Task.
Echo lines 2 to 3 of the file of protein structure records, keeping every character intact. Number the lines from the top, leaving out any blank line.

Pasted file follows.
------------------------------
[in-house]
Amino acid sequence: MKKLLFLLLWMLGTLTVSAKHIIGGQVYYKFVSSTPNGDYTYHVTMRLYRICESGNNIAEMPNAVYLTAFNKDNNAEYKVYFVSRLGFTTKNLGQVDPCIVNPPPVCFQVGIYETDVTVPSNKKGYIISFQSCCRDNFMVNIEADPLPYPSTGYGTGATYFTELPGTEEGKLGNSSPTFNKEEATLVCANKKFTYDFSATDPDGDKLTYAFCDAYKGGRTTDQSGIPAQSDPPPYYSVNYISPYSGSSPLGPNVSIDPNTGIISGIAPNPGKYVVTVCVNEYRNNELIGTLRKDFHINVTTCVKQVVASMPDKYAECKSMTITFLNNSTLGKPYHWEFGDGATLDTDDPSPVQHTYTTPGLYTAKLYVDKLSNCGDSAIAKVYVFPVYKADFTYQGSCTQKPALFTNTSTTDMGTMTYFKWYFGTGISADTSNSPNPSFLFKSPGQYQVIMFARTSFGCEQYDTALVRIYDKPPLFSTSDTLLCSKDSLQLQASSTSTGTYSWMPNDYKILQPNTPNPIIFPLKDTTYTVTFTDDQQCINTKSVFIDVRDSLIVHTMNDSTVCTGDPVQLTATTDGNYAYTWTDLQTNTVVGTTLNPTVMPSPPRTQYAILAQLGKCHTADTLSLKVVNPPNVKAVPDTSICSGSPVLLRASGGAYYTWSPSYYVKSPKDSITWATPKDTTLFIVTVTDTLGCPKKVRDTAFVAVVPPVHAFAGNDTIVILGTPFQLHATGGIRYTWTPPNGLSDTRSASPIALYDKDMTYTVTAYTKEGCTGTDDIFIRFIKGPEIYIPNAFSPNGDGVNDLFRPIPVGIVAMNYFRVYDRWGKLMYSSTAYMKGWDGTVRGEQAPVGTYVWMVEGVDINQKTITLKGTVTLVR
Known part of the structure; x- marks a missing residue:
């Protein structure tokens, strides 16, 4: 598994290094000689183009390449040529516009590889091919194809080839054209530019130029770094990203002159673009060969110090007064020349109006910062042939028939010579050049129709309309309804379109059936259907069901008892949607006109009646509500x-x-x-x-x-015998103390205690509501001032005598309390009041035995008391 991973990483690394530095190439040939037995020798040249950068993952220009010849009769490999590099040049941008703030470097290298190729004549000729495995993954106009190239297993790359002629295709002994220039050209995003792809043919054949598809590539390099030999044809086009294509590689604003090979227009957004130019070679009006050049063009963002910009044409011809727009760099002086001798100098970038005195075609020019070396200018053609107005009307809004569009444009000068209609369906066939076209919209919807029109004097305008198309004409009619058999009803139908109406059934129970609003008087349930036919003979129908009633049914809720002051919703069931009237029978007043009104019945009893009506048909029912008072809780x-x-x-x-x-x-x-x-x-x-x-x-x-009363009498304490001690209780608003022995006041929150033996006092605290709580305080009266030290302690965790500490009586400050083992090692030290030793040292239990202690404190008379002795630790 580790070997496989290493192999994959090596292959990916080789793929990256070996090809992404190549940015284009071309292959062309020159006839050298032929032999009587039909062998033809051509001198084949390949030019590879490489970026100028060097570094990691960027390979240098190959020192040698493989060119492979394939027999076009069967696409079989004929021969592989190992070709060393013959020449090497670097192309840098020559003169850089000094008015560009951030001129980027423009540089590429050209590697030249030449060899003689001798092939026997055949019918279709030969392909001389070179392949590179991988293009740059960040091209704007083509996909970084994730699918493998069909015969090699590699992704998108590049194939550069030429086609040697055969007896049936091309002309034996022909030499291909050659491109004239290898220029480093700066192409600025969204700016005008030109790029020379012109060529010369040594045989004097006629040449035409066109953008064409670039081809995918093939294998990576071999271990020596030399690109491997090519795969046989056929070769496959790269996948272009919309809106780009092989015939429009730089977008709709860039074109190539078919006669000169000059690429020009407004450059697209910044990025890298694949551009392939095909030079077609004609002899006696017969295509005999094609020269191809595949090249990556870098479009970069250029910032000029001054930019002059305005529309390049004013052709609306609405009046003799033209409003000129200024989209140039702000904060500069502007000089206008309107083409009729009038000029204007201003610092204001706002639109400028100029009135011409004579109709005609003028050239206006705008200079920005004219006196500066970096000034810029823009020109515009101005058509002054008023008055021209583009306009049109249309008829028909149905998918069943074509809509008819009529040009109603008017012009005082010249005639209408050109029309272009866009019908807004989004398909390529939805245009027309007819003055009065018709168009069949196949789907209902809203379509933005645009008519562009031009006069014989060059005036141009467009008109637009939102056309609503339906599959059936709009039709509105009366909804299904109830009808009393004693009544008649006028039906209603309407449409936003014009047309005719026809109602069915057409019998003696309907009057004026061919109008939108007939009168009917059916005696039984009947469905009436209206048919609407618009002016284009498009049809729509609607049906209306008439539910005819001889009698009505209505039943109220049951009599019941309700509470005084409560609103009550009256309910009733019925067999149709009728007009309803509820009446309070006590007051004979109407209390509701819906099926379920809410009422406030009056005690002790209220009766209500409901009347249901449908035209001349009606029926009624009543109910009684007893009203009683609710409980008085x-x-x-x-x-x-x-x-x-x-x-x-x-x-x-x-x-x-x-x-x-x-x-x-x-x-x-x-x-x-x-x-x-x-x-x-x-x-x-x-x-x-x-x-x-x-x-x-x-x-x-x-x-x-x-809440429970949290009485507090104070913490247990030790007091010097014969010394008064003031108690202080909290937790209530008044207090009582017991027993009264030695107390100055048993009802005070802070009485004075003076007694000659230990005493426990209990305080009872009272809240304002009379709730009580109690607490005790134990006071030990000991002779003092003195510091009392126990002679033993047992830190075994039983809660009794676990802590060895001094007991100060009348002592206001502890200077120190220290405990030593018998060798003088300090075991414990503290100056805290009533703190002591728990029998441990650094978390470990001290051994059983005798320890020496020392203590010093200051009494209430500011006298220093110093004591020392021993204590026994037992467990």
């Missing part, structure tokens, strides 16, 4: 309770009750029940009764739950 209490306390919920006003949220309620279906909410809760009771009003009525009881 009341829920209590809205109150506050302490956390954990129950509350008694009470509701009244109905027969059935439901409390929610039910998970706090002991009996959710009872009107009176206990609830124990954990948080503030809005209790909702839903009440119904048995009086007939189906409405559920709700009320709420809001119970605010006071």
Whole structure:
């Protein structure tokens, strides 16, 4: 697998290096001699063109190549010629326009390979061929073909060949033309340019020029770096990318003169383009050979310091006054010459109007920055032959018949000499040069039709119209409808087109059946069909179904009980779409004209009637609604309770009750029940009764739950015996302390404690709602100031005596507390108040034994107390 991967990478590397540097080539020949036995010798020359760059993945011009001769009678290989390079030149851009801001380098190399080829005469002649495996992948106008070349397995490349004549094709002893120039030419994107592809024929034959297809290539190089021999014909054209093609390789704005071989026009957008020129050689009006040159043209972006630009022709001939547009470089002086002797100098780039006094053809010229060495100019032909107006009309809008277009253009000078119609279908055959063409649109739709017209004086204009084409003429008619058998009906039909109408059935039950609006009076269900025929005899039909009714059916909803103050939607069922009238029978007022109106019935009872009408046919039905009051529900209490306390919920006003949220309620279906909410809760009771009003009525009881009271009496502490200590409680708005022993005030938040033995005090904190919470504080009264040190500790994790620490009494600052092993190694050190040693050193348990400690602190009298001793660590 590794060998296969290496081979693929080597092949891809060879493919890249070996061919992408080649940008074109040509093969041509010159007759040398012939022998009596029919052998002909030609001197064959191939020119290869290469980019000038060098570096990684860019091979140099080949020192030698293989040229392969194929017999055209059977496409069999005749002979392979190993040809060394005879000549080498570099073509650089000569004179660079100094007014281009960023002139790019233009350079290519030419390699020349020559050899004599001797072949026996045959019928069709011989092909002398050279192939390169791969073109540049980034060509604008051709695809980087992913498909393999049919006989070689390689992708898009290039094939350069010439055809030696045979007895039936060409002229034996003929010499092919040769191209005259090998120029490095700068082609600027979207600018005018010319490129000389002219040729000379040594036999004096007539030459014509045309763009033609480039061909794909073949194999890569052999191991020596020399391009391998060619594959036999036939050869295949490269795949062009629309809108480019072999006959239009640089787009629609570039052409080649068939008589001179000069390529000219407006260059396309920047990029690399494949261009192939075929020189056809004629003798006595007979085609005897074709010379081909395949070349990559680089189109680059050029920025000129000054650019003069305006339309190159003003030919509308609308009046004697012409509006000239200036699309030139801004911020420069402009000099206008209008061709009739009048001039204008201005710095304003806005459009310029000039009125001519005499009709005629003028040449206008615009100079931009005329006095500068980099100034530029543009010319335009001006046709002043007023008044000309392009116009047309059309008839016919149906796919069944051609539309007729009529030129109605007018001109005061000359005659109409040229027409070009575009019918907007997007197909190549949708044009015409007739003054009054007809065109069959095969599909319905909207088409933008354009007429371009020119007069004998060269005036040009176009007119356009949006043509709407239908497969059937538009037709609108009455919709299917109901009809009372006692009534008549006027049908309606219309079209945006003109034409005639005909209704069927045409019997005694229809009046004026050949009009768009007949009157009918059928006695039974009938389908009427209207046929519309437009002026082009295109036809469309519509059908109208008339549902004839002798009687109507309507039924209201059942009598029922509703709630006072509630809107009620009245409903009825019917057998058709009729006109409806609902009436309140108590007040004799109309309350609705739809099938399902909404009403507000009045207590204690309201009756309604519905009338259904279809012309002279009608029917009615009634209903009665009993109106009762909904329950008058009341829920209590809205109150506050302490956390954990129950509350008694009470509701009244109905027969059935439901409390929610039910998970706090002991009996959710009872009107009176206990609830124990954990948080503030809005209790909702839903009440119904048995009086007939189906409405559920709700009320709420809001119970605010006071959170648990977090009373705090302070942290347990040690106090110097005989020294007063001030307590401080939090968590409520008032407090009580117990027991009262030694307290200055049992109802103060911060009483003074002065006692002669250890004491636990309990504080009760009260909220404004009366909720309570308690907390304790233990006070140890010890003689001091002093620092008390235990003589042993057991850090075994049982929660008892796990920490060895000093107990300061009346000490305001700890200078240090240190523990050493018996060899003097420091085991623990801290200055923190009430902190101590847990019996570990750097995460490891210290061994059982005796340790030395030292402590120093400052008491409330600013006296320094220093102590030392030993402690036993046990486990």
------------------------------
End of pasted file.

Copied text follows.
Amino acid sequence: MKKLLFLLLWMLGTLTVSAKHIIGGQVYYKFVSSTPNGDYTYHVTMRLYRICESGNNIAEMPNAVYLTAFNKDNNAEYKVYFVSRLGFTTKNLGQVDPCIVNPPPVCFQVGIYETDVTVPSNKKGYIISFQSCCRDNFMVNIEADPLPYPSTGYGTGATYFTELPGTEEGKLGNSSPTFNKEEATLVCANKKFTYDFSATDPDGDKLTYAFCDAYKGGRTTDQSGIPAQSDPPPYYSVNYISPYSGSSPLGPNVSIDPNTGIISGIAPNPGKYVVTVCVNEYRNNELIGTLRKDFHINVTTCVKQVVASMPDKYAECKSMTITFLNNSTLGKPYHWEFGDGATLDTDDPSPVQHTYTTPGLYTAKLYVDKLSNCGDSAIAKVYVFPVYKADFTYQGSCTQKPALFTNTSTTDMGTMTYFKWYFGTGISADTSNSPNPSFLFKSPGQYQVIMFARTSFGCEQYDTALVRIYDKPPLFSTSDTLLCSKDSLQLQASSTSTGTYSWMPNDYKILQPNTPNPIIFPLKDTTYTVTFTDDQQCINTKSVFIDVRDSLIVHTMNDSTVCTGDPVQLTATTDGNYAYTWTDLQTNTVVGTTLNPTVMPSPPRTQYAILAQLGKCHTADTLSLKVVNPPNVKAVPDTSICSGSPVLLRASGGAYYTWSPSYYVKSPKDSITWATPKDTTLFIVTVTDTLGCPKKVRDTAFVAVVPPVHAFAGNDTIVILGTPFQLHATGGIRYTWTPPNGLSDTRSASPIALYDKDMTYTVTAYTKEGCTGTDDIFIRFIKGPEIYIPNAFSPNGDGVNDLFRPIPVGIVAMNYFRVYDRWGKLMYSSTAYMKGWDGTVRGEQAPVGTYVWMVEGVDINQKTITLKGTVTLVR
Known part of the structure; x- marks a missing residue: